I have a filing system that allows me to basically restart the filing system each year. In my cloud drive, I create a folder for the year. Then, within that, I create folders for all the normal things one might have: Operations, Clients, Appearances, Marketing, and so forth.
The new year’s folder is normally created in November or December, whenever something must be filed for the new year. And the previous year is generally archived in March or April. Basically, when we find that we no longer look at the old folder, we move it to long term storage.
Sometimes, files and folders need to be copied from the previous year to the new year. We never move files and folders, we only copy. This process retains an intact copy of the previous year’s activities and allows changes to be made in the new year.
One serious advantage of this process is that the new year begins with very little in front of us – just like real life. Very often, I start the new year with only a few events on my calendar (and therefore, files in the new year folder. But by the time December rolls around, my list of events scrolls off the page.
There are two really cool moments each year because of this strategy. First, at the beginning of the year, there’s a blank slate. I know certain things will appear because either I’m planning them or they always appear. Second, there’s the end of the year, where I look at all the activities that took place. That can be quite fulfilling.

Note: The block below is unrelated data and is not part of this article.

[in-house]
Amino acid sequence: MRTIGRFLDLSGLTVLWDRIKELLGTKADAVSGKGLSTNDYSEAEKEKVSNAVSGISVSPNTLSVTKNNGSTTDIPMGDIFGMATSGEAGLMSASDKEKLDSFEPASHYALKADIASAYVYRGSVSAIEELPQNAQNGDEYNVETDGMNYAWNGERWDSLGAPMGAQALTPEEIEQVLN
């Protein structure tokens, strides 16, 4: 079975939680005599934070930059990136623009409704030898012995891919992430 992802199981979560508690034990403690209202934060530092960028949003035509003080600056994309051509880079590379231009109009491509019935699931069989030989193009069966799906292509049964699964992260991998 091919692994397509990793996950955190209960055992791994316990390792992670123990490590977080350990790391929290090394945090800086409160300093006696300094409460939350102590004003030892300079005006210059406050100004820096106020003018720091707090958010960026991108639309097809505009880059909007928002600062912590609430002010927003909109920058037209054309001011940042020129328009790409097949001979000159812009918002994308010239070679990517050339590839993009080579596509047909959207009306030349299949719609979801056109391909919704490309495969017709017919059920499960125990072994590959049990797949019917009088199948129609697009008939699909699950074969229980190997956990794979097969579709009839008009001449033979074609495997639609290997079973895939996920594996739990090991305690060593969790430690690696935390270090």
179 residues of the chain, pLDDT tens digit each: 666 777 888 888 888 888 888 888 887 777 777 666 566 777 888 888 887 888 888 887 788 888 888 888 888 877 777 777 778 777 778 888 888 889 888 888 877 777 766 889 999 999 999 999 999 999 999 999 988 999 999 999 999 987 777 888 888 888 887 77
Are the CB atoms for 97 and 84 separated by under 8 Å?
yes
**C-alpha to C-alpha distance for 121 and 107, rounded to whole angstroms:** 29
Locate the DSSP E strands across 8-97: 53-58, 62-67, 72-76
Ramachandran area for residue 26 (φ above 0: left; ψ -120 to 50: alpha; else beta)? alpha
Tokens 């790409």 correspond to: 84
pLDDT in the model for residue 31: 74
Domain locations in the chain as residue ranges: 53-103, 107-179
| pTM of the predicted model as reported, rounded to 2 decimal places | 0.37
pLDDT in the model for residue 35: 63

My favorite part of looking forward and backward as the calendar ticks over is to recall the activities that I hadn’t planned on in January, but which turned out to be highlights of the year. For example, I started a new podcast for technologists in 2019. I didn’t know in January that this was going to happen. And next week we will post our 40th episode.
One of my favorite new themes when I speak is about leaving space in your schedule. I encourage you to leave blocks of time here and there in your schedule. Don’t worry, you’ll never sit around for a hour or two doing nothing. Either you’ll put something productive in that slot, or someone else will.
But these blank spaces allow the unexpected to appear. I have a friend whose approach to opportunities is to say yes to everything and see if it works. That strategy only works because she hasn’t filled her calendar 24×7 in fifteen minute increments for the whole year. She has left time for unplanned stuff to just show up.
Whatever your strategy for being open to opportunities, I hope you have an amazing 2020. Just remember to leave room for good stuff to appear.